SHINE BRIGHT LIKE A DIAMOND (OR LIKE A LAMINATED SHEET)
Seasoned designers know that there are plenty of ways packaging can stand out, and laminates can be an amazing addition to the designer’s toolbox. They offer a wide range of options for creating entirely new effects and styles. Furthermore, most laminates not only preserve the packaging’s durability and function, they also enhance it. With lamination, bland packaging options are transformed into potential-filled canvases, ready for a holographic cracked ice pattern or a reflective, heat proof silver foil. The possibilities are nearly endless. To learn more about packaging design, and to look at some exceptional examples (including some laminated ones), our more detailed report on upcoming packaging trends can be found here.
FREQUENTLY ASKED QUESTIONS
Holographic laminates are typically made using a PET film, but the holographic effect can also be achieved via a hot stamping or cold foil. Patterns and colors are highly customizable, and holographic laminates can add an extra layer of protection since holographic designs are generally more difficult to counterfeit.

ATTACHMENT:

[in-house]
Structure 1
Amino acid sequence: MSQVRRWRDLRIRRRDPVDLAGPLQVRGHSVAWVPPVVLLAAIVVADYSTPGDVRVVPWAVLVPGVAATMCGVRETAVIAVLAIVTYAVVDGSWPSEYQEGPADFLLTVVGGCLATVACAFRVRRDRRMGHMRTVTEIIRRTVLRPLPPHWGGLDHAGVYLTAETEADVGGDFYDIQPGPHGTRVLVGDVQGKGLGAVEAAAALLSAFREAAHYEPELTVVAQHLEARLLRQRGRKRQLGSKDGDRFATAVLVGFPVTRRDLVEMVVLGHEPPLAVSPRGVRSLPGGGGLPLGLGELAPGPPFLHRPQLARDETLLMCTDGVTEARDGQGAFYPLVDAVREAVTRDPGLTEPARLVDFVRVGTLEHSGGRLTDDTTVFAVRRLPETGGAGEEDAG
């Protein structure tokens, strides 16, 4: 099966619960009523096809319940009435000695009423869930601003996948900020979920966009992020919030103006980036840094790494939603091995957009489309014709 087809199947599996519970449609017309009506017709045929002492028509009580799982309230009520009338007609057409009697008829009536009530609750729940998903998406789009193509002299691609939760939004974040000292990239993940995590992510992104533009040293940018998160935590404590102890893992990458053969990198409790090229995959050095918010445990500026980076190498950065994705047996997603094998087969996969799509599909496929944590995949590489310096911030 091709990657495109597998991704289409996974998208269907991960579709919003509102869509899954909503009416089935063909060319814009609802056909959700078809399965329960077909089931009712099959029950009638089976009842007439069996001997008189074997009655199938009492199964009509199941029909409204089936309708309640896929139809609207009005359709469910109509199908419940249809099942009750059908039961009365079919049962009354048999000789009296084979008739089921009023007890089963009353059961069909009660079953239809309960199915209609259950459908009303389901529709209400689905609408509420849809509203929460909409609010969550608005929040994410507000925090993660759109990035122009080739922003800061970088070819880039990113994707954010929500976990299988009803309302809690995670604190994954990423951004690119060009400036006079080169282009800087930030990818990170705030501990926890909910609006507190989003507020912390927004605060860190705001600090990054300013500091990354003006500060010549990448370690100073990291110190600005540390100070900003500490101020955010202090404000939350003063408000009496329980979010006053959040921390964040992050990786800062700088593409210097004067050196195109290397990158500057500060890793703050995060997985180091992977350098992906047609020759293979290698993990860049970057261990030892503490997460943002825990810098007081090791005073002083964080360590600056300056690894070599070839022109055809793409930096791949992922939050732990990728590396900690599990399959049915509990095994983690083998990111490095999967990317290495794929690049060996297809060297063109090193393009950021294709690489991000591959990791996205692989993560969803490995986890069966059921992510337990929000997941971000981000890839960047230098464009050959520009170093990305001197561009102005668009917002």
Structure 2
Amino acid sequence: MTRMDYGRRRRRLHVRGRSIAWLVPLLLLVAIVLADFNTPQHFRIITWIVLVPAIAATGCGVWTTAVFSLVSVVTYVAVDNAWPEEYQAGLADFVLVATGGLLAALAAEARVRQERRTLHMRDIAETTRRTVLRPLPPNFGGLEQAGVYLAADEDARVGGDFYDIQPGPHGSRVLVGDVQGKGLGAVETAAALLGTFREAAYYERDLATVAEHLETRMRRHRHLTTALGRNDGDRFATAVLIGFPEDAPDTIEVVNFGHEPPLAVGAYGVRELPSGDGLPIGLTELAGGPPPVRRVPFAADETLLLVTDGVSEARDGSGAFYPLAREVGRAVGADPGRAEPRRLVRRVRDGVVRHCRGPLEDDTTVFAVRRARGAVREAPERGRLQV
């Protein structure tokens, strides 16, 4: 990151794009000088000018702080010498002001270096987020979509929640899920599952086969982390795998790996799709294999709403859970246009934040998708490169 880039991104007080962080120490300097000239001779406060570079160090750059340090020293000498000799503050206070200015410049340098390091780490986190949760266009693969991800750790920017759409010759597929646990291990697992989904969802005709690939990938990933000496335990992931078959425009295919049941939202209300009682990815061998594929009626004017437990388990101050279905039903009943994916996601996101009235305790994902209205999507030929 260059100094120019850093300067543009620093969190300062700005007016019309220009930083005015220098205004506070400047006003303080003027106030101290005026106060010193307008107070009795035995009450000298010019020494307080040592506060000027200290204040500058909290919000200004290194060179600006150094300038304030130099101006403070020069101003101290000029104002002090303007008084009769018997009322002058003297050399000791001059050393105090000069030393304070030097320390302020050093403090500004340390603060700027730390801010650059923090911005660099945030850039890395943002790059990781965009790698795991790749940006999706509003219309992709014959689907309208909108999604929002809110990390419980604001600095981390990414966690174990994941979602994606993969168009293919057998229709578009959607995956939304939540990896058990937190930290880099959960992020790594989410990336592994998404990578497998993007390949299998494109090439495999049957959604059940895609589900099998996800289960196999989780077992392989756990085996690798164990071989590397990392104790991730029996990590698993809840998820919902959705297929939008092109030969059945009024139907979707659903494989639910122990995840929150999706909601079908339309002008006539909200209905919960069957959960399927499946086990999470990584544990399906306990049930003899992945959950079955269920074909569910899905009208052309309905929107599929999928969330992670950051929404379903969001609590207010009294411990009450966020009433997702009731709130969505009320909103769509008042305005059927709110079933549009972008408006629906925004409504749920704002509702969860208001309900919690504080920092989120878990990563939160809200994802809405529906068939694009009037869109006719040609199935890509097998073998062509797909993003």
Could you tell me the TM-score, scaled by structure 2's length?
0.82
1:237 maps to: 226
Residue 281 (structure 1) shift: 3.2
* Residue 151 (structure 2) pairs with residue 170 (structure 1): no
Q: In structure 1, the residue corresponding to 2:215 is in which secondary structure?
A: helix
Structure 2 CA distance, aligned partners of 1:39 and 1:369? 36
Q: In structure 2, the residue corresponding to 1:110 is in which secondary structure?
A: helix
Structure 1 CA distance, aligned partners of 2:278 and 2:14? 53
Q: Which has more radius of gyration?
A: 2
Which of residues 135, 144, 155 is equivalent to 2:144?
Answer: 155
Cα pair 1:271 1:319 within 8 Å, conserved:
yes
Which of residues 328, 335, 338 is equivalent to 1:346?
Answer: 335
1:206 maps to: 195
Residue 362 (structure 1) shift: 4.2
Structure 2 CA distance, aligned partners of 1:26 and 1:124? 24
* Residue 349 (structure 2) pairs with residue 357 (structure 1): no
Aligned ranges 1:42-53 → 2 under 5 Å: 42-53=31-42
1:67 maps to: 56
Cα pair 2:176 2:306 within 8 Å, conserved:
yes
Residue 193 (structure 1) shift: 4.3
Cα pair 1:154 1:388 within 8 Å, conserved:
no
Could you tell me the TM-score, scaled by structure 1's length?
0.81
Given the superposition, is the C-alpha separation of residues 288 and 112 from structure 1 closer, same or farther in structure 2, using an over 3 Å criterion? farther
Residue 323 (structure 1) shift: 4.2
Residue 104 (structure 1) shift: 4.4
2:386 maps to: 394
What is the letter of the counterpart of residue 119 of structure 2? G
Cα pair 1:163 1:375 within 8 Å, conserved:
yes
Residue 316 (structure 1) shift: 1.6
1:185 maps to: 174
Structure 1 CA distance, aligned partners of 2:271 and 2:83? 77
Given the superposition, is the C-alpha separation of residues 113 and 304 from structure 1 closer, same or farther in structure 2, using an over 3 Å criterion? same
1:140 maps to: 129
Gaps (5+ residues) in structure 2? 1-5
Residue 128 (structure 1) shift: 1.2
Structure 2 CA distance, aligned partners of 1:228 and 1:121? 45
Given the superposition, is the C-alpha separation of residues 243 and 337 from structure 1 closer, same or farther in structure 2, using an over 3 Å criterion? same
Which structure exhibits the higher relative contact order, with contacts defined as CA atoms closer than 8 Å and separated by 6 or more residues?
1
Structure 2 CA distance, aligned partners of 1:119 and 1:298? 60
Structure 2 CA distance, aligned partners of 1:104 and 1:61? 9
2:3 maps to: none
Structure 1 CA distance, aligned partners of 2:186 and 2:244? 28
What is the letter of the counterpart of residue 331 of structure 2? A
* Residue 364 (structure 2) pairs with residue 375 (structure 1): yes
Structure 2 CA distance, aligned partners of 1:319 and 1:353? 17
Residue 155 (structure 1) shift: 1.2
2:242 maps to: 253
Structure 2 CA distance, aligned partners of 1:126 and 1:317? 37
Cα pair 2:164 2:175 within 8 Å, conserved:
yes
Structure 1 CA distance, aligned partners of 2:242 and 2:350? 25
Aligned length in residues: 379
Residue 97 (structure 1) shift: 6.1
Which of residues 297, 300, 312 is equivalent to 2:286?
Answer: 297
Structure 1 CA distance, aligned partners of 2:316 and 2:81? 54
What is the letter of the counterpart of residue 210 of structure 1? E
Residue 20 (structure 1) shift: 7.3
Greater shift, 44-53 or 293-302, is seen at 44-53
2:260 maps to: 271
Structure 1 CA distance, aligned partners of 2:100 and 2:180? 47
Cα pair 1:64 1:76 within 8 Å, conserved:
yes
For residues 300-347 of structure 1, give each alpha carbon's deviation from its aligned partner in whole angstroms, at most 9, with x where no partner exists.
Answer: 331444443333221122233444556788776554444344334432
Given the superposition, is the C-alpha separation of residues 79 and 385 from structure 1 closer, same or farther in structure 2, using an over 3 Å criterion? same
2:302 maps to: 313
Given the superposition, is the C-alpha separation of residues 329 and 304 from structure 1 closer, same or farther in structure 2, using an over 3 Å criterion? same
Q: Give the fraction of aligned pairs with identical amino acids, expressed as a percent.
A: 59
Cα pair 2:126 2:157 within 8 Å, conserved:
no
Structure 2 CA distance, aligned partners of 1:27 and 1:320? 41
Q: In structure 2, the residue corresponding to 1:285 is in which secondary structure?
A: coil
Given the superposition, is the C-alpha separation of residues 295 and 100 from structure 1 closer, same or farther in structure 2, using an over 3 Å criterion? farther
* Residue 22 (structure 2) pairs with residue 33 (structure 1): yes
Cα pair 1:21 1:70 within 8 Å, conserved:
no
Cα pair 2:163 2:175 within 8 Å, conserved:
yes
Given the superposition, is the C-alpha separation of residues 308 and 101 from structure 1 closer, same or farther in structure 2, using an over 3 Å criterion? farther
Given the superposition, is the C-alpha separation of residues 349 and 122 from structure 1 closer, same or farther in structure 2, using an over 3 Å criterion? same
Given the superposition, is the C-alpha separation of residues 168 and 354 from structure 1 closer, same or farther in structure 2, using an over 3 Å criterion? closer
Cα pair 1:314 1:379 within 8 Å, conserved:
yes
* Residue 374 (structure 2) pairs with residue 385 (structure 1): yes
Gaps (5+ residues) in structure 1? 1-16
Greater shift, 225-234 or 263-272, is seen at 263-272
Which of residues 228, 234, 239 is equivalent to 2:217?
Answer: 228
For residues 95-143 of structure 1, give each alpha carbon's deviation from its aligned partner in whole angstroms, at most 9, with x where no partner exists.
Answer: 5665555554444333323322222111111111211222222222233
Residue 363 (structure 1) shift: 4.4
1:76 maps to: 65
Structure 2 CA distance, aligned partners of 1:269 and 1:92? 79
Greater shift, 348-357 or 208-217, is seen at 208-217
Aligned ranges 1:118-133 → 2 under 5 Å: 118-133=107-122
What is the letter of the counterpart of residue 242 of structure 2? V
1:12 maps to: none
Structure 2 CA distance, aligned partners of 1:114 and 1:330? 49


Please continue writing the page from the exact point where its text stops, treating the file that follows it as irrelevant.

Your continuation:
Aluminum foil laminates are FDA compliant for most direct food contact, provide effective heat and moisture barriers, and have high dead fold properties, ensuring the form of foil-laminated packaging won’t spontaneously rebound. It’s also a lighter weight than metallized polyester (MetPol) and 100% recyclable.
Polyester laminates (known as PET laminates) are PET film adhered to a fibrous substrate to create a laminated material used for enhanced packaging. Polyester is a durable material, so is great for packaging that needs to both stand out and maintain a relatively rigid structure.
Metallized mylar is another type of polyester film metallized with aluminum, with a high tensile strength and heat resistance.
Less than 0.1 micron thick, transfer metallized laminates are a thin layer of metallic foil that has been bonded to the base layer of a package with a sustainable, water-based adhesive. After bonding, the polyester film substrate for the metal is then removed and responsibly recycled.